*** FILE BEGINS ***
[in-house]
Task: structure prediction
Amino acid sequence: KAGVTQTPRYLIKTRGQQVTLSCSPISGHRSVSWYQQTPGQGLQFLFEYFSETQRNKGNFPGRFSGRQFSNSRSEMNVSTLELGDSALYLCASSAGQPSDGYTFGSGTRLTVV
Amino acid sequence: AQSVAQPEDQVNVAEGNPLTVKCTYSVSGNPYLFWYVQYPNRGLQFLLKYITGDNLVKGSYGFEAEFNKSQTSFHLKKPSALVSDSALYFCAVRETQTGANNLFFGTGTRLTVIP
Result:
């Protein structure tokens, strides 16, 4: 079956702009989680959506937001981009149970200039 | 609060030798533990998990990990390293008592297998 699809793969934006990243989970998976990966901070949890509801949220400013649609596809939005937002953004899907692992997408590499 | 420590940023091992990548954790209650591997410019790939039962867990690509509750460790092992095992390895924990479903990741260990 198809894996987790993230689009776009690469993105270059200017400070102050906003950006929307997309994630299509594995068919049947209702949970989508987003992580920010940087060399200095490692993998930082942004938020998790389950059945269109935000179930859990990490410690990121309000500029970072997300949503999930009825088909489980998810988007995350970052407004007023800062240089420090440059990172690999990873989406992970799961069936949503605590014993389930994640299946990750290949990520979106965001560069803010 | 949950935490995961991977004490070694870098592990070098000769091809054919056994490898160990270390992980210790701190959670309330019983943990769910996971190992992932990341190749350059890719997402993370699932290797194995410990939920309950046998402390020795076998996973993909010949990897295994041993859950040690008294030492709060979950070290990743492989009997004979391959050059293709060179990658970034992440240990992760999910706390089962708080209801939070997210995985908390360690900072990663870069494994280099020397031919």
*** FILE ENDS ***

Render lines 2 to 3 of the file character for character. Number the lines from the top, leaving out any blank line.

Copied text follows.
Task: structure prediction
Amino acid sequence: KAGVTQTPRYLIKTRGQQVTLSCSPISGHRSVSWYQQTPGQGLQFLFEYFSETQRNKGNFPGRFSGRQFSNSRSEMNVSTLELGDSALYLCASSAGQPSDGYTFGSGTRLTVV